Mrs Donnelly praised the new judge for being ‘an exceptional food writer’, for bringing ‘extensive international experience and knowledge to Eat Out and our awards – something that we’ve always aspired to‘. Mr Palling will assist Mrs Donnelly in selecting the ‘finalists for the Top 10 restaurants across the country‘. In yesterday’s weekly Eat Out newsletter Mrs Donnelly wrote that Mr Palling will also help to select ‘the winners of the other accolades’, including Chef of the Year, and the Service Excellence Award.
Mr Palling has never been to South Africa, and is quoted in the Eat Out media release as saying: ‘I know from my experience as a judge for the San Pellegrino Awards that South Africa is well represented among the top international contenders and I look forward to experiencing for myself what the local restaurant industry has to offer’. The Eat Out media release describes Mr Palling as an ‘internationally acclaimed gastronome’. Odd then that there is no information to be found written about him.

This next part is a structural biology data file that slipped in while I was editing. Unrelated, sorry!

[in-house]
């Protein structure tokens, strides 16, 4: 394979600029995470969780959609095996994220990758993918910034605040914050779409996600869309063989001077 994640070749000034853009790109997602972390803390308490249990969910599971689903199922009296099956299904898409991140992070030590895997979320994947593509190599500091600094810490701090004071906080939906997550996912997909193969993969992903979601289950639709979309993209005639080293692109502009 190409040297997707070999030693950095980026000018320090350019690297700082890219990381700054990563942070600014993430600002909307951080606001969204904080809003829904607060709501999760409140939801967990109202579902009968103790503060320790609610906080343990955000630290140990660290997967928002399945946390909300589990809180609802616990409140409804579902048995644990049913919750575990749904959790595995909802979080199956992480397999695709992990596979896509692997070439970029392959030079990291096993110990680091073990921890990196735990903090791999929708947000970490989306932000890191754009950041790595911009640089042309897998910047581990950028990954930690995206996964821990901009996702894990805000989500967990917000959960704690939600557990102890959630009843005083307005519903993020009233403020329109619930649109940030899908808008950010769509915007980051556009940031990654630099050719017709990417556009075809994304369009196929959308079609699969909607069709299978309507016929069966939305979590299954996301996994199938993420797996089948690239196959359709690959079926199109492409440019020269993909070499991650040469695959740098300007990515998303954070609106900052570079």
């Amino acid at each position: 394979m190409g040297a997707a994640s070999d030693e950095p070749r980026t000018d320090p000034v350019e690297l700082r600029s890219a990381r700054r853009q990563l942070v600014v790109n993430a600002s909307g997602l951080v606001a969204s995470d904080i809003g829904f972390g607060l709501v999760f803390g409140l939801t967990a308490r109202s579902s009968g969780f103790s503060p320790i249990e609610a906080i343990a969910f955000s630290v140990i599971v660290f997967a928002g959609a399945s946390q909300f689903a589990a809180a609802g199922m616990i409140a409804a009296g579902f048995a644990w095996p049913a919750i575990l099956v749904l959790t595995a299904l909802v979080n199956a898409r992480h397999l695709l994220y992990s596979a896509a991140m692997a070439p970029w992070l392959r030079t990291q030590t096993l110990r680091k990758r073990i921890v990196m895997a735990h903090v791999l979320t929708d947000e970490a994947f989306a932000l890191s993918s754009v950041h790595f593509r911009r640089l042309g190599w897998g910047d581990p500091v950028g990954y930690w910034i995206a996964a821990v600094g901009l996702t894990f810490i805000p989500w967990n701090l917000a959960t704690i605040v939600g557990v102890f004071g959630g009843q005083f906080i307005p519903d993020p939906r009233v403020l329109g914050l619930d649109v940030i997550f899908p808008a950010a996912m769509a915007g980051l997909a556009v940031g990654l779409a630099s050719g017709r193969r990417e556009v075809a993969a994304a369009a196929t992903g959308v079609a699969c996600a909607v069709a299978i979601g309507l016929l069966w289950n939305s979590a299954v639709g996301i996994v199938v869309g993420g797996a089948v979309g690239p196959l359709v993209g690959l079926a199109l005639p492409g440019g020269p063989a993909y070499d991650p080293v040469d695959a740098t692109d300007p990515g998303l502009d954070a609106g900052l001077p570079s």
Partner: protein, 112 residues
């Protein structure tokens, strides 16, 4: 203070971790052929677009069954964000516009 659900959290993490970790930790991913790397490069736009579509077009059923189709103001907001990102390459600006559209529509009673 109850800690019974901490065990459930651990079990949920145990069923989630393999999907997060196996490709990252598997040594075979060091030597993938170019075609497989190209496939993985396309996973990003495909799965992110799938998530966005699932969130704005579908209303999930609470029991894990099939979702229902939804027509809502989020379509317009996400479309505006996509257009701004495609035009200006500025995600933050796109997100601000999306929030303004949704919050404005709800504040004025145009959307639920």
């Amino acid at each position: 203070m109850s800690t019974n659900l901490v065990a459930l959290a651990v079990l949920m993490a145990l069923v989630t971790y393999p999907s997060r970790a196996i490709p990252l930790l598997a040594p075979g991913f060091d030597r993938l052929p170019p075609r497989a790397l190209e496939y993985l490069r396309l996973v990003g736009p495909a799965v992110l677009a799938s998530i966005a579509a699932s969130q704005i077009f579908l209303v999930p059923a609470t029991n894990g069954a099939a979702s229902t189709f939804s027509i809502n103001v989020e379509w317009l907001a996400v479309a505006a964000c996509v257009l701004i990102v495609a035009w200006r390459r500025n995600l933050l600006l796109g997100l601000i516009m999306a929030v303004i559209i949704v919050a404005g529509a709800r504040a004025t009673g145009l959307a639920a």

What dates Mr Palling severely is his reference in his profile to Zimbabwe as ‘White Rhodesia’, and his use of Blogger as his blogging platform (used by newbie amateur bloggers)!
In one of Mr Palling’s articles (‘What’ll it be? Wallaby’) he wrote about a visit to Australia three months ago, and local chefs may pick up some tips about what he looks for from it. He wrote that he was ‘disappointed by the lack of much distinctively Australian-ingredient-led cuisine, except for the occasional piece of well-cooked wallaby. There must be more native produce out there waiting to be used. Increasingly, what excites me is bold cuisine that belongs to a specific location, thanks to its unique ingredients. This is why the best New Nordic places in Scandinavia deserve all the hype. There is something fulfilling about consuming produce that relates to your region. That’s also why I adore fine wine from around the globe because it speaks of its origins and is nuanced on an annual basis by the weather. For this reason, I also think it is slightly depressing that the most famous Australian wine, Penfolds Grange, is a blend of grapes from dispersed locations rather than reflecting a specific vineyard’. In the same article he refers to his ‘passion for foraged cuisine’.